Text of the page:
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Efficient recognition of protein fold at low sequence identity by conservative application of Psi-BLAST: application.

Research paper by F J FJ Stevens, C C Kuemmel, G G Babnigg, F R FR Collart

Indexed on: 14 Dec '04Published on: 14 Dec '04Published in: Journal of Molecular Recognition



Abstract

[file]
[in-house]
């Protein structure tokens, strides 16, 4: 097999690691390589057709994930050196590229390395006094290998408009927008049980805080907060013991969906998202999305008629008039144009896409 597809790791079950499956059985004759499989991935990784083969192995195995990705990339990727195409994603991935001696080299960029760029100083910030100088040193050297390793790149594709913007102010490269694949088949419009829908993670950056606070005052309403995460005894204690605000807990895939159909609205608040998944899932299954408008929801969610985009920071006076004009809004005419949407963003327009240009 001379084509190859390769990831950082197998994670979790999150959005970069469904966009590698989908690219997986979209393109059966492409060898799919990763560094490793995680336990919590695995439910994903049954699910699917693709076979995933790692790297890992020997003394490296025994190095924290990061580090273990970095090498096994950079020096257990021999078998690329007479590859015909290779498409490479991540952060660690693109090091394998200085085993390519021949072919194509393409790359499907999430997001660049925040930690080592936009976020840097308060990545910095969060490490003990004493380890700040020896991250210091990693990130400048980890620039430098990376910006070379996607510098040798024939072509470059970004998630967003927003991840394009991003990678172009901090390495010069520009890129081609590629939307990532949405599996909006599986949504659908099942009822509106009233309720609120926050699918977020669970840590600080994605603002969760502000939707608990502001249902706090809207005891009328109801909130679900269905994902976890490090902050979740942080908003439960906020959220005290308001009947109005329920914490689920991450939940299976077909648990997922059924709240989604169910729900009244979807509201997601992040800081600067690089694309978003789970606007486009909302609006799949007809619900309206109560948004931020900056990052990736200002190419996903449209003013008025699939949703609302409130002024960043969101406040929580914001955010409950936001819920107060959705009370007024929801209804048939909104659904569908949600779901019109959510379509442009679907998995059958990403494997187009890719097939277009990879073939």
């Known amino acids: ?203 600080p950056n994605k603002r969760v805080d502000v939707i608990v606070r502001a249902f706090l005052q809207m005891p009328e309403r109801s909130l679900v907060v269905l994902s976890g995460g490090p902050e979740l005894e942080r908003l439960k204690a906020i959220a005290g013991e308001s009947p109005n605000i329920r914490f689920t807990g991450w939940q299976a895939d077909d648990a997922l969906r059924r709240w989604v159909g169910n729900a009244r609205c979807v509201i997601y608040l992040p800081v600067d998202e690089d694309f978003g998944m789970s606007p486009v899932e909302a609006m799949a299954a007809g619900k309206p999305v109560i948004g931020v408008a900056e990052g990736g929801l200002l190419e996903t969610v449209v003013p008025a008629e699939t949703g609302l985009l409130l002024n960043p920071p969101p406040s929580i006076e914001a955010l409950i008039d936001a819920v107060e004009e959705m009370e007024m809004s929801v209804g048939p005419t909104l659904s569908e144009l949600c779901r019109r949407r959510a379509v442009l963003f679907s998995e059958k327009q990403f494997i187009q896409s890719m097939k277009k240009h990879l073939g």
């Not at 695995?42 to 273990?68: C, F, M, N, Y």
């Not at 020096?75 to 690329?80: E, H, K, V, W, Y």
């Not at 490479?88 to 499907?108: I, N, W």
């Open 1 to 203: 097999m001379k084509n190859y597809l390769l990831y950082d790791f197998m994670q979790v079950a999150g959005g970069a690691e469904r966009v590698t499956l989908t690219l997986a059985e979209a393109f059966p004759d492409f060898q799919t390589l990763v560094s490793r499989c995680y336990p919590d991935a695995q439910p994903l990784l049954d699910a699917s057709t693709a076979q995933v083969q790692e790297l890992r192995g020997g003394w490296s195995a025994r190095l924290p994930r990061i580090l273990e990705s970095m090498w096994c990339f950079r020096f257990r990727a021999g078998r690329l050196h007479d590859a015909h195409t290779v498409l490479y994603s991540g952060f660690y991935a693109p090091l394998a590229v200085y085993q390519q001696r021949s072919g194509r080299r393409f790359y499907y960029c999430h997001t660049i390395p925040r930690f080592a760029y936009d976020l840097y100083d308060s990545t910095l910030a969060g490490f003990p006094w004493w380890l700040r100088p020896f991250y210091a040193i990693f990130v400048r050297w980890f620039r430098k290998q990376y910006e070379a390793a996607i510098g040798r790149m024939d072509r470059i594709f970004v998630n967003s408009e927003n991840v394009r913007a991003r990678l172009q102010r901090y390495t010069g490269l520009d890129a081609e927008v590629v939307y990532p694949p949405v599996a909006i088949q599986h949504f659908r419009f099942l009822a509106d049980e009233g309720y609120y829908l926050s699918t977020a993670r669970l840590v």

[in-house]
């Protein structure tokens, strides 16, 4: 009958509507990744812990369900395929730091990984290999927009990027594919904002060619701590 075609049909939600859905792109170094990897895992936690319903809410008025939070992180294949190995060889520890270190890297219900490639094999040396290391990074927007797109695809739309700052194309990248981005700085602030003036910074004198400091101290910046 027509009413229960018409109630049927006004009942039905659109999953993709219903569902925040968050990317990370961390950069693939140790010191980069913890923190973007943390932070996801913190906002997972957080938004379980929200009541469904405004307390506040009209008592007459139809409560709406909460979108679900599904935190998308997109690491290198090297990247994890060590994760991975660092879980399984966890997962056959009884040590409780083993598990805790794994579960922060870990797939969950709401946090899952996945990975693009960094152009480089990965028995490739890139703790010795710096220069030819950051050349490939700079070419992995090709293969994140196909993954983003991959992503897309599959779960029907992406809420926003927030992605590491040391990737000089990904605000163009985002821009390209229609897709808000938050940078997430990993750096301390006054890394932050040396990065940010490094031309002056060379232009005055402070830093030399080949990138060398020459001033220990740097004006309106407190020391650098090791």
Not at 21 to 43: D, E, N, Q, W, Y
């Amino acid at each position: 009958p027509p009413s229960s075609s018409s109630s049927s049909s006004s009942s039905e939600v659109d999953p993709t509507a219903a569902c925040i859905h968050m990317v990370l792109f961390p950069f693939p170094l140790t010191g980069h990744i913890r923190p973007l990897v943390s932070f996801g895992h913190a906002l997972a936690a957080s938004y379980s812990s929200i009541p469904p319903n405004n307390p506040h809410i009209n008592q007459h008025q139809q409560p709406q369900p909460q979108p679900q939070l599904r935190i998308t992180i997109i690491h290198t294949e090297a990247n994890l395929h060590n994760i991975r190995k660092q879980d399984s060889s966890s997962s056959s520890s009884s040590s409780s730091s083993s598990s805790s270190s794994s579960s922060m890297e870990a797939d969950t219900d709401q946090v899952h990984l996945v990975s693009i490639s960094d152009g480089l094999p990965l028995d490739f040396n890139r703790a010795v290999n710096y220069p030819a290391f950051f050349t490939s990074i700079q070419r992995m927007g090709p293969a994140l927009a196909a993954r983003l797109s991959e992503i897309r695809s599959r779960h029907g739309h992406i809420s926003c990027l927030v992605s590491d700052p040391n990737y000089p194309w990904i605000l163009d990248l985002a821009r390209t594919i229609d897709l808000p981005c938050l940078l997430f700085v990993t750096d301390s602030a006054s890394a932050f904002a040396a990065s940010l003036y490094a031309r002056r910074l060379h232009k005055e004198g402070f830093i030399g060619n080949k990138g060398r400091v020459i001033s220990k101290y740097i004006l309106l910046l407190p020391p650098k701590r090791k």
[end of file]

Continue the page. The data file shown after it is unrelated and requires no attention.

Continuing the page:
Based on a study involving structural comparisons of proteins sharing 25% or less sequence identity, three rounds of Psi-BLAST appear capable of identifying remote evolutionary homologs with greater than 95% confidence provided that more than 50% of the query sequence can be aligned with the target sequence. Since it seems that more than 80% of all homologous protein pairs may be characterized by a lack of significant sequence similarity, the experimental biologist is often confronted with a lack of guidance from conventional homology searches involving pair-wise sequence comparisons. The ability to disregard levels of sequence identity and expect value in Psi-BLAST if at least 50% of the query sequence has been aligned allows for generation of new hypotheses by consideration of matches that are conventionally disregarded. In one example, we suggest a possible evolutionary linkage between the cupredoxin and immunoglobulin fold families. A thermostable hypothetical protein of unknown function may be a circularly permuted homolog to phosphotriesterase, an enzyme capable of detoxifying organophosphate nerve agents. In a third example, the amino acid sequence of another hypothetical protein of unknown function reveals the ATP binding-site, metal binding site, and catalytic sidechain consistent with kinase activity of unknown specificity. This approach significantly expands the utility of existing sequence data to define the primary structure degeneracy of binding sites for substrates, cofactors and other proteins.